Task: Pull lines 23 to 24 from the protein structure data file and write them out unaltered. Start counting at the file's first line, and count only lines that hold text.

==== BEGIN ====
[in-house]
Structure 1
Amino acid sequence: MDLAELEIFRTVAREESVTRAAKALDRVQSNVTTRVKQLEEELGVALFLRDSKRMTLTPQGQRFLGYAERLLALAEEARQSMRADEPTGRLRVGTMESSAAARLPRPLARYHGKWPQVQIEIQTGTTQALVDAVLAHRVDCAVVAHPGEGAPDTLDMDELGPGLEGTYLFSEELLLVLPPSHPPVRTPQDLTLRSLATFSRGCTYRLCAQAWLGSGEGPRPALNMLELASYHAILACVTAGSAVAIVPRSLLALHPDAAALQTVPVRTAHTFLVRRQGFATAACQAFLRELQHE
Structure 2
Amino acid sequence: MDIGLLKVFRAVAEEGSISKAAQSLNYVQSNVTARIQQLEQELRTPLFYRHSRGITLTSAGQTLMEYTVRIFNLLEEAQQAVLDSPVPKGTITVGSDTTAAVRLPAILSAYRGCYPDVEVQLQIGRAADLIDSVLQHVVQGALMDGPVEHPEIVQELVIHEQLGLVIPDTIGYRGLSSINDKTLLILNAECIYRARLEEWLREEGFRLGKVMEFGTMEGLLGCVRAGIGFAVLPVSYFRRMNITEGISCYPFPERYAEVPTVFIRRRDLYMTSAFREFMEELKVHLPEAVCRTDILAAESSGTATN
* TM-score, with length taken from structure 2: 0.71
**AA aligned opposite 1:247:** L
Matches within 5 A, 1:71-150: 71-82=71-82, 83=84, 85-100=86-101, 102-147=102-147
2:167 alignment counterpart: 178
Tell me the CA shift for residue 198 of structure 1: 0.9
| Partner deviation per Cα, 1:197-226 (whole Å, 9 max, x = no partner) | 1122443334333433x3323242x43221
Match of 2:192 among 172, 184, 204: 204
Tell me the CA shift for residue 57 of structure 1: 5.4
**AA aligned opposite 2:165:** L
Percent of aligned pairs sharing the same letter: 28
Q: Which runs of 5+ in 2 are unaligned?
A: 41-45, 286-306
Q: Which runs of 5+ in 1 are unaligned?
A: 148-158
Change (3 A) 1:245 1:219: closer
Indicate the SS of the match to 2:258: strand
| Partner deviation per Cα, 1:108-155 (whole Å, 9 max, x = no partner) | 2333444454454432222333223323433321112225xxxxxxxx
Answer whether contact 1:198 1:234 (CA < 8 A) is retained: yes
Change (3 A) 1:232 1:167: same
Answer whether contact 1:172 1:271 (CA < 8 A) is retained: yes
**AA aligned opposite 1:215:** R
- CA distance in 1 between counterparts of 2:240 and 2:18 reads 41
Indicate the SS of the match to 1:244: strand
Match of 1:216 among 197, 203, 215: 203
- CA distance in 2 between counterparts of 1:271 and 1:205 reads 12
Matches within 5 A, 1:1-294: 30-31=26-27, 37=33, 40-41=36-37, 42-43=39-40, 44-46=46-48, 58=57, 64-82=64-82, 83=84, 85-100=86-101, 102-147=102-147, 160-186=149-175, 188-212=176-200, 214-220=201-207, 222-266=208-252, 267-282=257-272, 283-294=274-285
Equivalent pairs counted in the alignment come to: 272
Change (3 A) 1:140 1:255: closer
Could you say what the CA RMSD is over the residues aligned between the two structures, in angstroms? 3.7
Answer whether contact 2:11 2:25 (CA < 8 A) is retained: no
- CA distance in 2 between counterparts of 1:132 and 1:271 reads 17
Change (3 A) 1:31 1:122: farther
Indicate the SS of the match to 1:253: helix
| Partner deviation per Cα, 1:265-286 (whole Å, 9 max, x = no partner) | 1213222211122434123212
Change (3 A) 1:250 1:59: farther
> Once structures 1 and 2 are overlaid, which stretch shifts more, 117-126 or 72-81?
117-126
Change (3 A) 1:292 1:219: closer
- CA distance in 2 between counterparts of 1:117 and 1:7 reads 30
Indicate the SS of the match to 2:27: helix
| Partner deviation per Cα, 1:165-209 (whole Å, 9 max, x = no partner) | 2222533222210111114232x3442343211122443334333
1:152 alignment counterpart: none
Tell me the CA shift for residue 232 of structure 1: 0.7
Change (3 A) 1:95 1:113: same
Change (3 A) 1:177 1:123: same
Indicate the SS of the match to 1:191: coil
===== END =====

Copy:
Answer whether contact 1:198 1:234 (CA < 8 A) is retained: yes
Change (3 A) 1:232 1:167: same